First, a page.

Crossing the river of forgetfulness

Cristina Pato on The Music Of Strangers, film, performance and interactive experience.

by Anne-Katrin Titze

Cristina Pato: "Silk Road is a collective of musicians from all around the world."
Cristina Pato: "Silk Road is a collective of musicians from all around the world." Photo: Anne-Katrin Titze

Cristina Pato is featured in Morgan Neville's glorious The Music Of Strangers: Yo-Yo Ma And The Silk Road Ensemble, along with Kinan Azmeh, Kayhan Kalhor, Wu Man, and Yo-Yo Ma himself. I first met Cristina at a performance hosted by Richard Gere, Barbara Kopple, and Darlene Love inside New York's Lotus Club last year following the premiere of the film, when she performed with fellow musicians Kojiro Umezaki, Colin Jacobsen, Shane Shanahan, Joseph Gramley, Evan Ziporyn, Johnny Gandelsman, Sandeep Das, Abigail Washburn, Logan Coale, Nicholas Cords with Yo-Yo Ma.

The Music Of Strangers: Yo-Yo Ma And The Silk Road Ensemble at Grand Central Terminal
The Music Of Strangers: Yo-Yo Ma And The Silk Road Ensemble at Grand Central Terminal Photo: Anne-Katrin Titze

Yesterday morning, we met up again, this time inside Grand Central Terminal's Vanderbilt Hall, where a Music Of Strangers multi-sensory Interactive Experience was taking place. She and fellow Silk Road Ensemble members Wu Tong, Haruka Fujii, John Hadfield, Edward Perez, Johnny Gandelsman, Nicholas Cords,Colin Jacobsen, Shane Shanahan, and Kinan Azmeh.

The Interactive Experience which includes a virtual symphony that allows visitors to ‘perform’ compositions ends tonight, March 1 at 8:00pm.

In The Music Of Strangers the musicians become storytellers through their personal experiences that transform into a far-reaching pursuit.

"We shall not cease from exploration And the end of all our exploring Will be to arrive where we started And know the place for the first time." Little Gidding, from T.S. Eliot's Four Quartets

Anne-Katrin Titze: We spoke briefly last year after your premiere at Lotus Club.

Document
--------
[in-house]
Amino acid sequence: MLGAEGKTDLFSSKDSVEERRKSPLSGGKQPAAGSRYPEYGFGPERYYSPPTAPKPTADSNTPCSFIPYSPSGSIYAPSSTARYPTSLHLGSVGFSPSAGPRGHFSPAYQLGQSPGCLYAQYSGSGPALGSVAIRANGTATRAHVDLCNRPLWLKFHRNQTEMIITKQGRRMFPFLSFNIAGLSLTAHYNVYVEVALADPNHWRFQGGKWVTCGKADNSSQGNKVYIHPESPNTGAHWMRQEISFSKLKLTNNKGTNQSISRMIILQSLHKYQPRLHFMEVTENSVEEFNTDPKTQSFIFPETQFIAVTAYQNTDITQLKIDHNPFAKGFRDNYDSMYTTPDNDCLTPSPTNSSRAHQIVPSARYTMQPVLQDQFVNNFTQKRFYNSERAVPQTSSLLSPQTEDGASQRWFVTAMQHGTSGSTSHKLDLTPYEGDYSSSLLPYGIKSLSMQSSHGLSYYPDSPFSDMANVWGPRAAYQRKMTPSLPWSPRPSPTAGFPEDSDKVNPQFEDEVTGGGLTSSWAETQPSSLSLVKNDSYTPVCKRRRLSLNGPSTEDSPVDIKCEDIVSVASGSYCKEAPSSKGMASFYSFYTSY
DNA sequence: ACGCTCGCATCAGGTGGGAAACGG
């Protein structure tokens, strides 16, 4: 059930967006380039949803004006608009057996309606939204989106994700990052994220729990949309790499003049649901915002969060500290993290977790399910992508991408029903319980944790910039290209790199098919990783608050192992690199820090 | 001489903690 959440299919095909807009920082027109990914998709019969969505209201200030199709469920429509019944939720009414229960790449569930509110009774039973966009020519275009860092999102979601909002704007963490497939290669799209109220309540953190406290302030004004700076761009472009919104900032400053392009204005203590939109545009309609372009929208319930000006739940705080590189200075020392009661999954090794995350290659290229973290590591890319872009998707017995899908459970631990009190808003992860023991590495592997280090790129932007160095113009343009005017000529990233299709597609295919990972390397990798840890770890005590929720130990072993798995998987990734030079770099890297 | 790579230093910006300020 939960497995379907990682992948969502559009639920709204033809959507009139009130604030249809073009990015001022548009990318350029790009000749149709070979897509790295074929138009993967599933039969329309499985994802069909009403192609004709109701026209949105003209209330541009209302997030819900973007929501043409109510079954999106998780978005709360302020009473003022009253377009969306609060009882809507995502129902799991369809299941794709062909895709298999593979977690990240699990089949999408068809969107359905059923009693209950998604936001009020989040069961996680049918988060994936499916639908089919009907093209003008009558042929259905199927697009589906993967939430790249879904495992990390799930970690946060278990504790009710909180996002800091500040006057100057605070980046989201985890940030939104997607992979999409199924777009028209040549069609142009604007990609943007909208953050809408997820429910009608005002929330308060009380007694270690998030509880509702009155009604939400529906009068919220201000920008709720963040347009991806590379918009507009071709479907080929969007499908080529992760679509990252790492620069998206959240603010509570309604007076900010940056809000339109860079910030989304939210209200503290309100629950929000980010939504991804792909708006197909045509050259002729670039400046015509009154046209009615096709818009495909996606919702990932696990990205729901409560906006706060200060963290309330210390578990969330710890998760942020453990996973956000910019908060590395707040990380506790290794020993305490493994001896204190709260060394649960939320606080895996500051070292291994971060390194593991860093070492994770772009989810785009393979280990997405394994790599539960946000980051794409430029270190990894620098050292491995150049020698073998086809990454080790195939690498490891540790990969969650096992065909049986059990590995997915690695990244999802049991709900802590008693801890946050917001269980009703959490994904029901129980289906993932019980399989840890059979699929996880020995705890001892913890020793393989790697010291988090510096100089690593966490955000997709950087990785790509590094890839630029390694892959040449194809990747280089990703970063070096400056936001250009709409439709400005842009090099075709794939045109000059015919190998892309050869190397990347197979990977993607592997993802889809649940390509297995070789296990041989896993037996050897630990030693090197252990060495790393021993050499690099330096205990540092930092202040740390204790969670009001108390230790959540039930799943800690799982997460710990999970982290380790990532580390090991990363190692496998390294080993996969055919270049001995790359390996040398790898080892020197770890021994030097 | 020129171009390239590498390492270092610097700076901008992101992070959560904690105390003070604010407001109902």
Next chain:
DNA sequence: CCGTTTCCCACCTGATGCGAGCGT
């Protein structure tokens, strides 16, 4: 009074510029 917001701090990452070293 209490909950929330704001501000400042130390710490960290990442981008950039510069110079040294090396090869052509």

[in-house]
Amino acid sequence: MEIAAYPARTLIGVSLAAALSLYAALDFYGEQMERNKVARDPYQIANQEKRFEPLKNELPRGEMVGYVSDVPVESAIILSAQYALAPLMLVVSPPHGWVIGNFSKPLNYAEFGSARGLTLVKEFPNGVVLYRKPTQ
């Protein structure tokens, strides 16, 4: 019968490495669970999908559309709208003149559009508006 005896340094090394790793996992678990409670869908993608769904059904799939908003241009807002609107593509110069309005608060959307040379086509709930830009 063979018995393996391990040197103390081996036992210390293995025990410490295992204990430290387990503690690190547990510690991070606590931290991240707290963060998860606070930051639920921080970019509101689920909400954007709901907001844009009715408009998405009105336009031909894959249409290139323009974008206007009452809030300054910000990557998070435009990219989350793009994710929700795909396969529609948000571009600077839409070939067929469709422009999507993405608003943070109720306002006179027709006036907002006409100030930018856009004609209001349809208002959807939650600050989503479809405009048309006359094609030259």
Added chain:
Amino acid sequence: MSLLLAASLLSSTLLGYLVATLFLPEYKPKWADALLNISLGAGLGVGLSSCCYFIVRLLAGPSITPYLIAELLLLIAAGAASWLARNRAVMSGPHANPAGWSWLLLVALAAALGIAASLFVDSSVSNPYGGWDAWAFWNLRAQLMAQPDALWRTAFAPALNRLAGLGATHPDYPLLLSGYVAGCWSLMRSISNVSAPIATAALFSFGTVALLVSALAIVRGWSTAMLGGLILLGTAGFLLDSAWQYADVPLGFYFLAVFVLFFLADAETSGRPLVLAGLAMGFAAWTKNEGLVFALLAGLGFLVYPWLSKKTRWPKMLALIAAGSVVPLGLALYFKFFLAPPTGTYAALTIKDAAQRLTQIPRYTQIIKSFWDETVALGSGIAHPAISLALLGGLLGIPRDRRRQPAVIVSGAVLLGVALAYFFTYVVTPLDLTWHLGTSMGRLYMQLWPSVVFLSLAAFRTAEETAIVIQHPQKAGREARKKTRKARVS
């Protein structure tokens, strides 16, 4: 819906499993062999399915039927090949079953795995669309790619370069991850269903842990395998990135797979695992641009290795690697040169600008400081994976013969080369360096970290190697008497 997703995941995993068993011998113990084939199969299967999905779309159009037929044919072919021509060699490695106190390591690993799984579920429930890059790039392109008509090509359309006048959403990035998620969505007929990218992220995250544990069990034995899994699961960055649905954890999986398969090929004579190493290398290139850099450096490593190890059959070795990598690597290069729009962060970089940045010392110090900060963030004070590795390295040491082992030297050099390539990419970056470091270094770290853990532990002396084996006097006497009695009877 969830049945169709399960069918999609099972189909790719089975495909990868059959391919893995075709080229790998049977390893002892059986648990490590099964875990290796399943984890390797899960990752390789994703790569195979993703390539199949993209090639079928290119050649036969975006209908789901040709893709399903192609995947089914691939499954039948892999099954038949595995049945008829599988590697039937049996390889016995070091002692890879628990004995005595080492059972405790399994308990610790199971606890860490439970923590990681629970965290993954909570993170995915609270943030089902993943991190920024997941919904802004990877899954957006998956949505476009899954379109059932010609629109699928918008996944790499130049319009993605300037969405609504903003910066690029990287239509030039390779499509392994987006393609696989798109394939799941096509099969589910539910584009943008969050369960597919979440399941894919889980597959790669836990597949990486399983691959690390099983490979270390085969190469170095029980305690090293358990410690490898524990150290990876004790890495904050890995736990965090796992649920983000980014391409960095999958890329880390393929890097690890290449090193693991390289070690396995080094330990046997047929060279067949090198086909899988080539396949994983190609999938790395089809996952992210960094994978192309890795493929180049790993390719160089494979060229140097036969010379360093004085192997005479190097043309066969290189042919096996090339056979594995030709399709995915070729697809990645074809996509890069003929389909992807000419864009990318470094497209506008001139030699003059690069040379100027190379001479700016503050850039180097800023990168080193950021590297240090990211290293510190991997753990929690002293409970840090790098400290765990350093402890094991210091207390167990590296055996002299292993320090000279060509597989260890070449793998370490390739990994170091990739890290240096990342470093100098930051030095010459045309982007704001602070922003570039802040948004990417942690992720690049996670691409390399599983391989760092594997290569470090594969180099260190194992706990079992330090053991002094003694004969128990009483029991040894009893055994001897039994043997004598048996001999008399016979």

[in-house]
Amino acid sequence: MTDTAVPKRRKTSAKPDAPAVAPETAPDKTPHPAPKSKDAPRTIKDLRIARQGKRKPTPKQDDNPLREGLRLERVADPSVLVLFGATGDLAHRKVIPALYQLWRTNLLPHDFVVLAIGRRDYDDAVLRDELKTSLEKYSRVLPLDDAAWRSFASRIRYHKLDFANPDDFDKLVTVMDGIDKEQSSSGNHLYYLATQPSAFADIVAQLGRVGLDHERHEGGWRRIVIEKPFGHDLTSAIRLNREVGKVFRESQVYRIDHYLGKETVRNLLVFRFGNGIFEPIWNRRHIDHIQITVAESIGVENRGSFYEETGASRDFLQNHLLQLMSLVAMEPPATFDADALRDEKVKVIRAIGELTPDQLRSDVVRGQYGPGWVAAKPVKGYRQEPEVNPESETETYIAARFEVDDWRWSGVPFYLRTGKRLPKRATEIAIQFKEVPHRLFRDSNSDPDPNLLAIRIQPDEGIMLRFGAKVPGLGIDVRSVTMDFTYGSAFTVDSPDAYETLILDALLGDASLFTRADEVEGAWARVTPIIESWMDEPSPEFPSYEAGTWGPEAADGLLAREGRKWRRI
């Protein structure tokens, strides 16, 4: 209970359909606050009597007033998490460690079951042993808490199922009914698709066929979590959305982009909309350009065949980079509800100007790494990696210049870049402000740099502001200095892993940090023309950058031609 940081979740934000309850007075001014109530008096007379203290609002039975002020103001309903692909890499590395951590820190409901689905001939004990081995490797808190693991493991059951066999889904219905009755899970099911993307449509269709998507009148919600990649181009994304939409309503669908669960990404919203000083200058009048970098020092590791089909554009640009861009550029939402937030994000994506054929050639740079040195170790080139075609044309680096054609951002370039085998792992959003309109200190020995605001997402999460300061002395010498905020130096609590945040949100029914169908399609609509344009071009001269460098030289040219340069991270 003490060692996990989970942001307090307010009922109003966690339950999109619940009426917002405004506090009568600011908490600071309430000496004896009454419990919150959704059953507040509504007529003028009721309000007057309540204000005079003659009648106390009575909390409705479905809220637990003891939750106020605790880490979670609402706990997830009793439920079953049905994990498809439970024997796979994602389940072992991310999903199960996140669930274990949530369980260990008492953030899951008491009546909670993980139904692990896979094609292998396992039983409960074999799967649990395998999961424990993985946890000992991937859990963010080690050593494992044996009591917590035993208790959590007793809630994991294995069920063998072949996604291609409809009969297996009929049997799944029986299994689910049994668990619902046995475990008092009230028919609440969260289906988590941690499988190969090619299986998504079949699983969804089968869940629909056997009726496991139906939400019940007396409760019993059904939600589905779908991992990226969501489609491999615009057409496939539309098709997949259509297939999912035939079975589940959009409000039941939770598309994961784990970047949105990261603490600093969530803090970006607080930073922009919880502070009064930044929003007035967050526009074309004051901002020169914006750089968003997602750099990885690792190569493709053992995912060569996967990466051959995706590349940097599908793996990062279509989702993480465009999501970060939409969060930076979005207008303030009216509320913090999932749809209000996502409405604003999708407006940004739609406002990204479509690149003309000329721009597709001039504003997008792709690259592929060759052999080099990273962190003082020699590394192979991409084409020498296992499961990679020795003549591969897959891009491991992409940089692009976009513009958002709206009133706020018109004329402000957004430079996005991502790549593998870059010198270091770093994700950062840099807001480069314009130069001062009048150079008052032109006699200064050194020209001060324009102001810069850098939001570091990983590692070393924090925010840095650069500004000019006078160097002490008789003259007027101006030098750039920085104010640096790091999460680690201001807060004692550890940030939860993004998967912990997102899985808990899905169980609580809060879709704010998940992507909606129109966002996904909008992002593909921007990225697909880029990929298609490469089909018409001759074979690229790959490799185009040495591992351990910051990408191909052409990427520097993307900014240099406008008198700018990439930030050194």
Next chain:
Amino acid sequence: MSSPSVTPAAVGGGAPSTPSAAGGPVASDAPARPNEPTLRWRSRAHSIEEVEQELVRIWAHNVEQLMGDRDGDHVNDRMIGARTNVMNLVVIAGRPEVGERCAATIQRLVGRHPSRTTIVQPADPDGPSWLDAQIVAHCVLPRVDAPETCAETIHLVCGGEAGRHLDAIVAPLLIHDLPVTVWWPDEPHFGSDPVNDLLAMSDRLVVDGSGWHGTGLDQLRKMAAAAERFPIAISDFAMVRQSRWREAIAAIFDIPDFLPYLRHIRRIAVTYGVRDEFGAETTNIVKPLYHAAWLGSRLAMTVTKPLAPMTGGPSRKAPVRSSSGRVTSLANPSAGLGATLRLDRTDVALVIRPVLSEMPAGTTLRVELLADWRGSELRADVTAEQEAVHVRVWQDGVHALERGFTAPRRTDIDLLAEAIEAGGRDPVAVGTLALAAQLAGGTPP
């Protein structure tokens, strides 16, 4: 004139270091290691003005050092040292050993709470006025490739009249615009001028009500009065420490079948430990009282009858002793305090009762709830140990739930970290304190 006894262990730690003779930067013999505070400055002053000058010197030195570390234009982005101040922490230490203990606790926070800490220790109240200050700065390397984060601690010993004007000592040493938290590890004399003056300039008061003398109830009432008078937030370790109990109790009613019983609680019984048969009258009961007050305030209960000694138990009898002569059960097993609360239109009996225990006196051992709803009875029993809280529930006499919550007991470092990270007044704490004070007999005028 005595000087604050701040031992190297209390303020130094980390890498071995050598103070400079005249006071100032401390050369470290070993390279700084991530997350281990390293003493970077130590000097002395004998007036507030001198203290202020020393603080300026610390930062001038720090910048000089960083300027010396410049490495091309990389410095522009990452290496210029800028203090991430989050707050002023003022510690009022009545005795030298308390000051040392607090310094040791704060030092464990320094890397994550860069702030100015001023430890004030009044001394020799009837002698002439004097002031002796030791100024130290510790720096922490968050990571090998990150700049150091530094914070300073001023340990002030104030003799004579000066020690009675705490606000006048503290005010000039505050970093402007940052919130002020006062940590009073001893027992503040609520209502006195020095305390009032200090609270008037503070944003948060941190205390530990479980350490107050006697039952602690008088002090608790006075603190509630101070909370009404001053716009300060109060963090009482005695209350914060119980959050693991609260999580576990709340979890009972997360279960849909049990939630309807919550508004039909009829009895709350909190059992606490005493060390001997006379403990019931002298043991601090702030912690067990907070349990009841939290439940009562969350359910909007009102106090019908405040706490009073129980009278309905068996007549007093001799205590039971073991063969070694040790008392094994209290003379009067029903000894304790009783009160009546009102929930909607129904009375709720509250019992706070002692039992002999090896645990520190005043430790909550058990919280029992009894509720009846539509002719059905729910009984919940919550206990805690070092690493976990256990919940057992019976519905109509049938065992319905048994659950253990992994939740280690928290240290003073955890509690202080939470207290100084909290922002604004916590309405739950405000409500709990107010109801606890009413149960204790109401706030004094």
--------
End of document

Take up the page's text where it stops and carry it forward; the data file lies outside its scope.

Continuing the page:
Cristina Pato: Oh, yeah. In June, right?

AKT: In June, yes. What I didn't get to ask you then was about the beautiful segment on the legend about the river in Galicia. It is the river of forgetfulness. When you step into it, you forget.

Bagpiper Cristina Pato with clarinetist Kinan Azmeh
Bagpiper Cristina Pato with clarinetist Kinan Azmeh Photo: Anne-Katrin Titze

CP: Historically speaking, the legend says that when the Romans were trying to conquer Galicia, they encountered a river. This river was the river Limia which we call in Galicia Río do Esquecimento which literally means the river of forgetfulness. Because this Roman general, Decimus Junius Brutus, thought that if they crossed to the other side of the river, they would loose their memories.

So when my mother was facing memory loss at the beginning of her disease - she has Frontotemporal Dementia - I was trying to find ways of coping with this devastating disease. And the idea that there was a river in Galicia that will make you loose your memories but there was a life at the other side of the river was my way to understand what was happening.

AKT: Does it work on a large scale as well? That what you are doing with the Silk Road Ensemble is a dam against the river of forgetfulness? By keeping the various traditions alive you are countering the forgetting.

CP: Yes and also the legend says that the general, because he wanted his soldiers to conquer Galicia - the general decided to cross to the other side of the river and then he called the soldiers, thousands of them, name by name from the other side of the river. So that to me is a key point. You know, Silk Road is a collective of musicians from all around the world.

We are independent artists too and we play many different instruments but also many different musical languages. And when we are together, what you bring with you is a mixture of that tradition but also your experience in the world. And that's what you need to actually keep memories alive. Let them grow, let them be alive and let them re-connect with other conversations.

AKT: Is it storytelling? Is music storytelling as well for you?

Vanderbilt Hall for The Music Of Strangers Interactive Experience
Vanderbilt Hall for The Music Of Strangers Interactive Experience Photo: Anne-Katrin Titze

CP: I guess. The wonderful thing about being a collective is - yes, for a lot of us it is storytelling. For others it is the musical aspect of it, the power of music per se. For others it's education, arts education. I mean, this organisation has many different layers. What you see on the stage is the performing art aspect of it but there are many different things that we are trying to do in society.

For me, music is literally attached to storytelling. Because at the end, you can express emotions with music that you could not express with words only. If you put the two things together then you get a really powerful message.

AKT: When I spoke to Yo-Yo at the premiere and asked him about his favourite moment in the film, he said it was your dog [named Yo-Yo]!

CP: Ha! It's my sister's dog! I'm opening the show, so I should get ready!

AKT: I'm looking forward to your Grand Central Terminal performance!

Coming up - Kinan Azmeh on refugee camps, growing up in Damascus and the storytelling of the Silk Road Ensemble.

The Music Of Strangers: Yo-Yo Ma And The Silk Road Ensemble premieres on HBO March 6, 2017 at 8:00pm in the US, and is available on DVD in the UK.

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